ATHENS, Ga. (AP) — The 10-year anniversary of Appalachian State's famous upset of Michigan comes just in time for the Mountaineers' visit to No. 15 Georgia. Georgia players are wary of the upset potential in Saturday night's season opener, but not just because of the decade-old game regarded as one of the biggest surprises in college football history. After all, for today's player, 10 years is ancient history.
ATHENS, Ga. (AP) — The 10-year anniversary of Appalachian State's famous upset of Michigan comes just in time for the Mountaineers' visit to No. 15 Georgia.
Georgia players are wary of the upset potential in Saturday night's season opener, but not just because of the decade-old game regarded as one of the biggest surprises in college football history. After all, for today's player, 10 years is ancient history.
"I was 12 years old then," said senior tight end Jeb Blazevich. "I wasn't really watching football then. I was probably in the backyard playing it."
Blazevich and his teammates are more captivated by Appalachian State's near upset of Tennessee, another Southeastern Conference team, in last year's opener. The Mountaineers led the Vols 13-6 in the fourth quarter before falling 20-13 in overtime.
The Bulldogs were watching.
"Definitely," Blazevich said. "... That's just an easy one to compare us to because we play against those guys."
Even so, there have been frequent reminders this week of the Michigan upset.
"I've seen highlights of that game at least four times this week," said senior offensive lineman Isaiah Wynn. "I've seen it during workouts. It's on in the weight room. We have to be prepared to play."
Much has changed in 10 years. Appalachian State is now a member of the Sun Belt Conference and has bowl victories in two straight seasons.
It's an important game for Georgia coach Kirby Smart, coming off a disappointing 8-5 record in his first season. Georgia is looking for more consistency from second-year quarterback Jacob Eason and needs to generate momentum for next week's visit to Notre Dame.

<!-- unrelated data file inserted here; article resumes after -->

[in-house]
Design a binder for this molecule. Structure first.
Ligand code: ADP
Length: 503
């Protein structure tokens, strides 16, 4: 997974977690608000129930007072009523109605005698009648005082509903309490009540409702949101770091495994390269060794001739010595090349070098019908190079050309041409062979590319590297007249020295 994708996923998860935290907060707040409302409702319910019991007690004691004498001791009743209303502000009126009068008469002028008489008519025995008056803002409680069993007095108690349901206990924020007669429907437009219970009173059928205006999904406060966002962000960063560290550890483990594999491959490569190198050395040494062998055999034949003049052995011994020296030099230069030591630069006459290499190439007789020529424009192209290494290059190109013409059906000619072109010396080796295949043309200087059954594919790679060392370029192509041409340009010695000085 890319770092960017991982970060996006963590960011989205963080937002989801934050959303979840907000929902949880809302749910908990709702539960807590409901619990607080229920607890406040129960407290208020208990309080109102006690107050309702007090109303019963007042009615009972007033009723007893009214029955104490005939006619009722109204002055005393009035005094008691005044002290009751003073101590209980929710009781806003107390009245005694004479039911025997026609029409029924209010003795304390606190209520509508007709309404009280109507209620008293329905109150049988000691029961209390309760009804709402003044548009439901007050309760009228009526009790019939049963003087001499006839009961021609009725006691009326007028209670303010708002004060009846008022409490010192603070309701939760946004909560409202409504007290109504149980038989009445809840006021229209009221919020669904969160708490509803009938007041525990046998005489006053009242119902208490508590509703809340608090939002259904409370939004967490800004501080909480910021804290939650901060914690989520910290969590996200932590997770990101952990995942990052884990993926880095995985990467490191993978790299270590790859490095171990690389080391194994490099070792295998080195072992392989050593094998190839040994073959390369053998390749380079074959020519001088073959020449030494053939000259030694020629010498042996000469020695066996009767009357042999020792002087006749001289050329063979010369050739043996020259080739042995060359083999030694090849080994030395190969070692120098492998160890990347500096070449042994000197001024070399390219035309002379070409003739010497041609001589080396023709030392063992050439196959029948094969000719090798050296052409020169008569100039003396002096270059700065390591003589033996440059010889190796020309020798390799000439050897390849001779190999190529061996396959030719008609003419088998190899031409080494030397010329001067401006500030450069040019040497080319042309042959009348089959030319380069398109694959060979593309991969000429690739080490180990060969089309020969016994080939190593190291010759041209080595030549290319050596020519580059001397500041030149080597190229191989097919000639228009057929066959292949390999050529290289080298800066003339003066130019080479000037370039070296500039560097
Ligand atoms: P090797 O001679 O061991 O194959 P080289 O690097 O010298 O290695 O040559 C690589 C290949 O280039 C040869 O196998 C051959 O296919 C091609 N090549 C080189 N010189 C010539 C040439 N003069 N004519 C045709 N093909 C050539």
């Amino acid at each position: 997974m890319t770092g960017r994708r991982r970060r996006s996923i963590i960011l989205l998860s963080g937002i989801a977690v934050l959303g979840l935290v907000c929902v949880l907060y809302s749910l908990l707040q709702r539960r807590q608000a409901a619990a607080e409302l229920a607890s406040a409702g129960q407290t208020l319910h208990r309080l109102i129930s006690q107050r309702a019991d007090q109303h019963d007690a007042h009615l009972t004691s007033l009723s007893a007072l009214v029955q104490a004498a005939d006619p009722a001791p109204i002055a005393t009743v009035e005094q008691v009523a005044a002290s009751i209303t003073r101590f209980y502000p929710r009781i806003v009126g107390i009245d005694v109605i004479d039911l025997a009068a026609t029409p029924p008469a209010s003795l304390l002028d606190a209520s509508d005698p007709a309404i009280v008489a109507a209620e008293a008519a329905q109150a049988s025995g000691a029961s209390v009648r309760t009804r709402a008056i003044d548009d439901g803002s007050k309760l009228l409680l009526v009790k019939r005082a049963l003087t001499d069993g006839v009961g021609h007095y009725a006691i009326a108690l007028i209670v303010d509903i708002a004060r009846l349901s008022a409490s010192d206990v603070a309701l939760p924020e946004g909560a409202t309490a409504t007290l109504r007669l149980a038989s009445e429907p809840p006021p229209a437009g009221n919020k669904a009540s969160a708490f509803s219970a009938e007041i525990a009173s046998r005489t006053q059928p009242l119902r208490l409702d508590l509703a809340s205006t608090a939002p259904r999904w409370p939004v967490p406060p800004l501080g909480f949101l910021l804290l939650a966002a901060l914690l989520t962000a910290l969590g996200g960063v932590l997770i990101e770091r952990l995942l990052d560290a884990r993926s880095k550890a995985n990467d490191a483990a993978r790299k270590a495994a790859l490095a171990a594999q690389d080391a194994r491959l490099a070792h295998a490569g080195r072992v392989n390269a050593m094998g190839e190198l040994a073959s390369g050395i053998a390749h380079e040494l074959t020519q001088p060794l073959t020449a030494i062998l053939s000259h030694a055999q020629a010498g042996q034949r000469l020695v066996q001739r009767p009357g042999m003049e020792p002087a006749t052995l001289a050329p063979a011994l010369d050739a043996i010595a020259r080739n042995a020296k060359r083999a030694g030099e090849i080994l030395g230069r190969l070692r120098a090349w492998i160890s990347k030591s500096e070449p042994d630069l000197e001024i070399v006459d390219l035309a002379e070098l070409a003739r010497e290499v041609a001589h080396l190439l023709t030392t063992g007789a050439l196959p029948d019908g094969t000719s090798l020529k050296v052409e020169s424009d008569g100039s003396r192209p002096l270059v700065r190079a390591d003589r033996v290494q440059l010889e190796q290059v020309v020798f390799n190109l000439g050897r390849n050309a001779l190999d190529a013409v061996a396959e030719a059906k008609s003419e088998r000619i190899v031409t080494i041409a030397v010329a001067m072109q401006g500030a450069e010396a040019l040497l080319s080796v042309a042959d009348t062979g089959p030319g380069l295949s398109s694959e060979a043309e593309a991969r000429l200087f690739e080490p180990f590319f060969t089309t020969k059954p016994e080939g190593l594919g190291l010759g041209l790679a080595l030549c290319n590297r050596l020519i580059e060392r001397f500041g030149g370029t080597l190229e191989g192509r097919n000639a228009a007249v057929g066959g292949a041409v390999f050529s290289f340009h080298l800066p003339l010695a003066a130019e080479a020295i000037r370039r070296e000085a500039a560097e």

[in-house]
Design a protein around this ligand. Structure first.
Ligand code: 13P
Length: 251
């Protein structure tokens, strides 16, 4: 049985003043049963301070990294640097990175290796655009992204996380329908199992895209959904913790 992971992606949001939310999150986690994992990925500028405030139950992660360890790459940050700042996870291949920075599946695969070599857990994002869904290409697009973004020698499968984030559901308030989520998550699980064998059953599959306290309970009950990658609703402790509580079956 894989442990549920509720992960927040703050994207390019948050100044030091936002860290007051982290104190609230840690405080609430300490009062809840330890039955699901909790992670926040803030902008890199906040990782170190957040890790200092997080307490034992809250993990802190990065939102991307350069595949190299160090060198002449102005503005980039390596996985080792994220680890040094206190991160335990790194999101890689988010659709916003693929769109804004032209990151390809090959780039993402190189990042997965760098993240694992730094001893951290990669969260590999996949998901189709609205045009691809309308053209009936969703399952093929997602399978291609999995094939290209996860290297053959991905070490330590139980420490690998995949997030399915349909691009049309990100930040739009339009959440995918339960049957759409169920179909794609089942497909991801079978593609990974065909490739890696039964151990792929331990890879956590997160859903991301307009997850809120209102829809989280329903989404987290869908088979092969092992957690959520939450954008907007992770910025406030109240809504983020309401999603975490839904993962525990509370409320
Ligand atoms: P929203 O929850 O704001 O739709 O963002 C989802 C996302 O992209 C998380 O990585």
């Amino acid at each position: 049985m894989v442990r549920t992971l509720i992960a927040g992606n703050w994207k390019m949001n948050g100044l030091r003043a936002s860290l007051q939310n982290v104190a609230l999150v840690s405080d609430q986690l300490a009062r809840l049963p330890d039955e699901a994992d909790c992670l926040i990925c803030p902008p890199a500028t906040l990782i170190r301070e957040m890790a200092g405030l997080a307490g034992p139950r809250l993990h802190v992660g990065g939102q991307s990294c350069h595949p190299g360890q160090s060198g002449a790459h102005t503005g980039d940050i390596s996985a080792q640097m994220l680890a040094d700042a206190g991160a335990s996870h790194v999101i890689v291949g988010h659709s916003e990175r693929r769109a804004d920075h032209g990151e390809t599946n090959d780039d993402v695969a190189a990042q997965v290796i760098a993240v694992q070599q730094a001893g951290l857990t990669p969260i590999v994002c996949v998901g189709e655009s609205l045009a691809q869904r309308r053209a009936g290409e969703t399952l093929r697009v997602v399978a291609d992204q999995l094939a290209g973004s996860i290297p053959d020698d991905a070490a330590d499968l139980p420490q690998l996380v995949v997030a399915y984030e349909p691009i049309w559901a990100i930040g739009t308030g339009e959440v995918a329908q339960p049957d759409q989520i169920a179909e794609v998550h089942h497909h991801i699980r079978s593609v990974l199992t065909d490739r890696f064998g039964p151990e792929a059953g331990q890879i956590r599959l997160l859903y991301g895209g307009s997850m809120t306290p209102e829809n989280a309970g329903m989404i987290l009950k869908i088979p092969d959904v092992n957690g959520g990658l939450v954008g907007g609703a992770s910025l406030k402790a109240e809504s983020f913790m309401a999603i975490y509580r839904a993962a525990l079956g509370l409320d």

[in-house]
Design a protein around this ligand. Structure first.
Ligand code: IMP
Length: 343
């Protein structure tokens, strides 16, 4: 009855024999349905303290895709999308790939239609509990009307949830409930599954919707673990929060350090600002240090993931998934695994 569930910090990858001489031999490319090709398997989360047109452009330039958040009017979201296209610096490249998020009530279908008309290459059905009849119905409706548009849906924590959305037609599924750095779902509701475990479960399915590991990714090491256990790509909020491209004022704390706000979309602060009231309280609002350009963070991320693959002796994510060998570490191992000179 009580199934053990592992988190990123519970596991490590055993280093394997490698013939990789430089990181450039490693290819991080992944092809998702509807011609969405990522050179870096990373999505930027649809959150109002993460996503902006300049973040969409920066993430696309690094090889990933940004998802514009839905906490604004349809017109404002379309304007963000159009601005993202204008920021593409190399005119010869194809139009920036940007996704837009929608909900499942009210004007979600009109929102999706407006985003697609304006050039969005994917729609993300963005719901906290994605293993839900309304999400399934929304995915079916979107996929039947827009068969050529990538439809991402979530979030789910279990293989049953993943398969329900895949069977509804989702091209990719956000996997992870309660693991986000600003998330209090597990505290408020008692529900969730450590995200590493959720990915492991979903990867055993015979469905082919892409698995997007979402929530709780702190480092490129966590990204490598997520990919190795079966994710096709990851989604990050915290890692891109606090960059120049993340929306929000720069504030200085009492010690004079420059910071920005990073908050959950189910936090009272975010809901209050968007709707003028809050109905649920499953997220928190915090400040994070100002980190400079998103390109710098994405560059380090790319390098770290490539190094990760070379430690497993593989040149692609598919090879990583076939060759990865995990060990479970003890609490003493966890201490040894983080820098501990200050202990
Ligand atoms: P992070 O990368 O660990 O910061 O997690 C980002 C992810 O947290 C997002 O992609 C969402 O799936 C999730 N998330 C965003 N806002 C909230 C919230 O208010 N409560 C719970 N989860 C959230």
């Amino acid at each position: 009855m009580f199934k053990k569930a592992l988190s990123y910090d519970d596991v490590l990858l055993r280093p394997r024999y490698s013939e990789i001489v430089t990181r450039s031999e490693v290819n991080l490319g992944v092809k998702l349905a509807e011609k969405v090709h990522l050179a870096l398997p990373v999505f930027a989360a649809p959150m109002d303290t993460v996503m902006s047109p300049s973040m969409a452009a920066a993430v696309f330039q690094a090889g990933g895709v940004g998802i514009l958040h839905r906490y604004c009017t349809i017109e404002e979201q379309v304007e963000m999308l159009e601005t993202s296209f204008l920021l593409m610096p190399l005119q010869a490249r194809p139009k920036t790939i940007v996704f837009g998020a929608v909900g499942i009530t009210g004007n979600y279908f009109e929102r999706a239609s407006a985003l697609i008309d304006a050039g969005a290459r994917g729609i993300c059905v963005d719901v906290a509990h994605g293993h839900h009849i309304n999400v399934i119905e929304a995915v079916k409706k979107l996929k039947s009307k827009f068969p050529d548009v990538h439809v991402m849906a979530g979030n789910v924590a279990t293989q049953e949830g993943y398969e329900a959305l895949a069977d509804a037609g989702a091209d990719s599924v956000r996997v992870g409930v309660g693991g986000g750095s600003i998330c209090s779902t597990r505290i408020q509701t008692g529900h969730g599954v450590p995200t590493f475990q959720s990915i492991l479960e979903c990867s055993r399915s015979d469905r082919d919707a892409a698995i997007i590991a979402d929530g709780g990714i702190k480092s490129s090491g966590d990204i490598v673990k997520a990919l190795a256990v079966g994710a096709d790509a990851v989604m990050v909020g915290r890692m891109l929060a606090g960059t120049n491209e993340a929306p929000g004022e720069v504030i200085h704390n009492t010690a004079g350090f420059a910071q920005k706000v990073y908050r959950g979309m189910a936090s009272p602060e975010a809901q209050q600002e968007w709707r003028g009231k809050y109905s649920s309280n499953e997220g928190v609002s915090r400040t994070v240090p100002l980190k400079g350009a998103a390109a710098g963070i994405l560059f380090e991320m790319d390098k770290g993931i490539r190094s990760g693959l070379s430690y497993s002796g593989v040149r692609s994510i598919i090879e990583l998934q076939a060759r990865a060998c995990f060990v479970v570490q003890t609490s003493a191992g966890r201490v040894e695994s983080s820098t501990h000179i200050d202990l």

Some other things to know about Appalachian State's visit to Georgia:
LAMB'S GEORGIA HERITAGE: The Mountaineers are led by senior quarterback Taylor Lamb, the son of Mercer coach Bobby Lamb and grandson of former longtime Georgia coordinator of high school relations Ray Lamb, also a former longtime high school coach in the state. Bobby Lamb's brother, Hal, is the longtime coach at Calhoun (Georgia) High School, where he has won two state titles.
"It's a great family, great people and I am betting that Taylor is going to go into some kind of coaching himself whenever his career comes to a close," Smart said.
RESPECT THE RUN: Appalachian State coach Scott Satterfield is expecting to see a lot of Georgia senior tailbacks Nick Chubb and Sony Michel.
"They're going to rely heavily on that running game, I think, for a couple reasons," Satterfield said. "Obviously they're very good and they may be a little inexperienced at wide receiver this year. I think one of their strengths obviously is going to be handing the ball to those backs and there's not any drop-off from one to the other."
MOORE RESPECT: The Mountaineers' running game is led by Jalin Moore, who was the 2016 Sun Belt offensive player of the year. He led the league with 1,402 yards rushing. Smart said Moore looks like an SEC running back.
FUN FOR EASON: Eason's strong showing in practice ended any talk he could lose his job to freshman Jake Fromm. He said he's excited about his first full season as a starter in offensive coordinator Jim Chaney's system after opening 2016 as a backup.
"I know I'm getting the first snap, and I have to be prepared," he said. "... Coach Chaney has done a good job with the offense. It should be fun to watch."
CATCH UP WITH NEW NAMES: Two of Eason's new wide receivers to watch are junior college transfer Ahkil Crumpton and Mecole Hardman, a converted cornerback. Terry Godwin is the leading returning receiver. Another returning receiver, Riley Ridley, and backup tailback Elijah Holyfield, are expected to be suspended for the game as discipline for misdemeanor marijuana charges in separate incidents last spring.
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